Yet there’s little shock or debate among journalists when the covers came off this fifth generation Impreza at its international launch in Tokyo. Under shiny studio lights, the new Impreza clearly isn’t as ugly as its predecessor(s) but nor is it as appealing as, say, a recent Kia offering. There are quiet nods of approval after sampling the cabin’s soft-touch plastics and improved rear-seat room. Safety equipment is up – a driver’s knee airbag is standard – and the range is a whole lot greener, with a new boxer four and start-stop tech helping to reduce consumption to just 6.8L/100km combined.
Subaru has played it safe with this Impreza, unsurprising since the company is desperate to catch the class benchmarks. Deputy Product Planning Manager, Kazuhiro Abe, concedes that the outgoing Impreza is a dynamic disappointment, a retrograde step from the model before it. Apparently, forcing engineers to prioritise refinement and ride comfort resulted in the inferior handling. For new Impreza, sharper steering and less bodyroll without ride comfort compromises was the brief, the Volkswagen Golf the clear benchmark (openly confirmed by Kazuhiro-san and the two Golfs we spotted at Subaru’s Tochigi proving ground).
Although Subaru is keen to improve the Impreza’s dynamics, the company also understands that the regular variants must be quietly conservative to achieve mass appeal. Enthusiasts won’t regard the outgoing model as a great car, but it was the most successful, averaging 1005 sales a month in Australia, compared with 518 for ol’ bug eyes. Corolla-copies clearly sell well.
The lift in cabin quality is appreciable; about par with a Mazda 3 but adrift of the class-leading Golf. Where the Impreza trumps both rivals is with cabin space. Both Impreza and Mazda 3 sedans share identical length, however the Sube – with a 25mm stretched wheelbase over the last model, and now 5mm up on the Mazda – is roomier in every direction. My head brushed the ceiling in the rear of the 3 SP20 sedan tested this issue (see p66), my toes jammed under the front seat. I could’ve donned a Panama hat and slipped on a pair of Ugg boots in the back of the Impreza, and still had space to spare.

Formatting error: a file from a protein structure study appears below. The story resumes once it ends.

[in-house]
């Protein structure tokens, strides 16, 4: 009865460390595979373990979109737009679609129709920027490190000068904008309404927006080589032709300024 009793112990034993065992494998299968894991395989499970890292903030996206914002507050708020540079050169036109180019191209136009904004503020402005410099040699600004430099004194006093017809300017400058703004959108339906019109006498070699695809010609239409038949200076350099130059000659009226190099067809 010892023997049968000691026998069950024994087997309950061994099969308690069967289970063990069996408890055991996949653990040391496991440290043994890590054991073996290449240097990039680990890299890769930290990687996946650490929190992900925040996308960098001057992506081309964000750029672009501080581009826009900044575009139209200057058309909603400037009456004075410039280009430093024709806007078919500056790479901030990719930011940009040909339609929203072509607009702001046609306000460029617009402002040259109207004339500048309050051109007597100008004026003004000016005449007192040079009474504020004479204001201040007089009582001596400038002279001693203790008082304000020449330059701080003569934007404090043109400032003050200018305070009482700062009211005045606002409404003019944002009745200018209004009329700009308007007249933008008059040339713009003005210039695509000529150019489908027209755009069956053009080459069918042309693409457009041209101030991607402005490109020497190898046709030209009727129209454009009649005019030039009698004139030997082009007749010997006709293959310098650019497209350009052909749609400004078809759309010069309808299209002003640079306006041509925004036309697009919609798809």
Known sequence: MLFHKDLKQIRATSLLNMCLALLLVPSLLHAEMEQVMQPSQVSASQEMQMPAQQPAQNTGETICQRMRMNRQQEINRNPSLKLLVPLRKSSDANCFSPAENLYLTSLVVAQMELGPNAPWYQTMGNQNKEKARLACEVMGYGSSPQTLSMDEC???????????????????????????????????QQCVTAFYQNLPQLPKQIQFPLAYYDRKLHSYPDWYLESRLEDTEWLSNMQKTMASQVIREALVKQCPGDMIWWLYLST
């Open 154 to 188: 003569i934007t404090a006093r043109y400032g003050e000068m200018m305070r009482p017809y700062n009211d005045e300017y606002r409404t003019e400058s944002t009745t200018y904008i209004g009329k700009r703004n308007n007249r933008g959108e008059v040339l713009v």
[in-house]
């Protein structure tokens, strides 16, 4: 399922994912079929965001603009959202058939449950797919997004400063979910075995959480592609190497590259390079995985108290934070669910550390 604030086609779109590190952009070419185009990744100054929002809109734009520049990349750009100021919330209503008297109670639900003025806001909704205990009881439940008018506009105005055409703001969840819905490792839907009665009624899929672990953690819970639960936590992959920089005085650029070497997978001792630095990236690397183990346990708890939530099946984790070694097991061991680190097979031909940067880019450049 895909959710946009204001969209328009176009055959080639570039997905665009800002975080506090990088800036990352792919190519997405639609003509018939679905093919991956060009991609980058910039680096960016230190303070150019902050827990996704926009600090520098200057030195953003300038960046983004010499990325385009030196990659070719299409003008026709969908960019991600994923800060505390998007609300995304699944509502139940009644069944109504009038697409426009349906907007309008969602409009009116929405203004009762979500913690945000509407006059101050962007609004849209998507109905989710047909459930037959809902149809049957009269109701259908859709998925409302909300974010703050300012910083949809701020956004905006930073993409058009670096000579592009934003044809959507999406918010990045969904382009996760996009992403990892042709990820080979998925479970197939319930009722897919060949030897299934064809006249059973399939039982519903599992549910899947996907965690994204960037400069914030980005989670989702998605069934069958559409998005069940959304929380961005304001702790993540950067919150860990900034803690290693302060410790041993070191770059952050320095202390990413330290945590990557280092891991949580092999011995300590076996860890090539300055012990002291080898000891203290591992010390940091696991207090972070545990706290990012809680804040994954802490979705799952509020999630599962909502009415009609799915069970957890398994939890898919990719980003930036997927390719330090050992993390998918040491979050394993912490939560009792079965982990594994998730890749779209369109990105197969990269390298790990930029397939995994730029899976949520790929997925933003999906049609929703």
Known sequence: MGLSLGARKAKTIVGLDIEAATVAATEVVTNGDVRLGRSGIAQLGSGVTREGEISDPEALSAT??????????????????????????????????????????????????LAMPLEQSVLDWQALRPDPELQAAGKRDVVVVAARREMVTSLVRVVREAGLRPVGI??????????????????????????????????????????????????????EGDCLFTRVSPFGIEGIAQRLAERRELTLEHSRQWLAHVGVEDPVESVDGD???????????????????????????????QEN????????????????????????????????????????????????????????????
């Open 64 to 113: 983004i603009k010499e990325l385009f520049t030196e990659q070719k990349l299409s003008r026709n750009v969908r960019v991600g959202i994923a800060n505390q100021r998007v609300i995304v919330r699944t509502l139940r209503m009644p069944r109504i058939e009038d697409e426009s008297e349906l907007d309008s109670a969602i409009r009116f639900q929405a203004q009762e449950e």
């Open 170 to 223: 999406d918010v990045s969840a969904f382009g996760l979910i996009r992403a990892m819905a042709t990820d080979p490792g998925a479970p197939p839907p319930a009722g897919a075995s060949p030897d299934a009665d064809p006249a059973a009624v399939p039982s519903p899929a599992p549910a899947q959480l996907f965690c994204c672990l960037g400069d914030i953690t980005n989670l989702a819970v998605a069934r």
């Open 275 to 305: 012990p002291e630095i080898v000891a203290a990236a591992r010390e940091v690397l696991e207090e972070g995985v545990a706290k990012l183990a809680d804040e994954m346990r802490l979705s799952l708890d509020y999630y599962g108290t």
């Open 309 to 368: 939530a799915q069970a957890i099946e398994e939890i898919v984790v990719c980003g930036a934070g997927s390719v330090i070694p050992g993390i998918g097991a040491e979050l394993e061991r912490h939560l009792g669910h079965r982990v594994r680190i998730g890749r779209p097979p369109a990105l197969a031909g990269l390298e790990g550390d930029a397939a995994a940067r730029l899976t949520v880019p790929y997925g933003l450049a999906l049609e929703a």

Like the Skyactiv-engined Mazda, the Impreza’s brand-new FB flat-four proves (at least on paper) that downsizing-plus-turbo isn’t the only way to reduce consumption. According to Subaru, the new engine is responsible for five of the 20 percent economy improvement over the old model, with the CVT (five percent), stop-start (ditto), aero mods (three percent) and electric steering (two percent) the other contributors. Rated at 6.8L/100km (CVT) or 7.1L/100km (six-speed manual), the all-drive Impreza comes close to matching the front-drive 3 SP20 (6.1L/100km) and DSG-equipped Golf 90TSI (6.2L/100km).
Where it can’t match its rivals is with performance. The CVT is slow to wind up, the engine painfully thrashy at high revs. A generally sluggish duo overall, the 10.7sec 0-100km/h claim leaves Impreza as the slowest in its class. A 2.0-litre turbo-diesel is available overseas, however Subaru Oz says the oiler is unlikely because the petrol engine is now so frugal.
Speed-limited laps of the 1.7km handling circuit at the proving ground weren’t enough to make a definitive handling assessment, however both steering and ride seem improved. Subaru’s first electric-assisted steering system is decent; light and linear but without much on-centre feel. The suspension feels more disciplined than the previous model, falling somewhere between 3’s firmness and Golf’s plushness. The circuit’s randomly-placed manhole covers and lumpy imperfections were dispatched with neither impact harshness nor wallow.
On the ‘speed’ bowl (limited to 130km/h) the new Impreza seemed noisier than the previous model. Engine refinement is improved – at 120km/h the CVT allows the engine to spin at 2200rpm – perhaps exacerbating the tyre roar and wind rustle around the door mirrors.
When the Impreza lands here in February it will be better equipped – cruise and climate control are standard on 2.0i; a sunroof and rear-view camera are added to the mid-spec 2.0i-L; and leather and xenons on the 2.0i-S – for around the same money as the existing variants. That’s an accurate reflection of this safe-playing new Impreza as a whole: improved value, less offensive to look at, moderately better to drive. For shock, and hopefully awe not horror, we’ll have to wait till 2013 for the WRX and STi.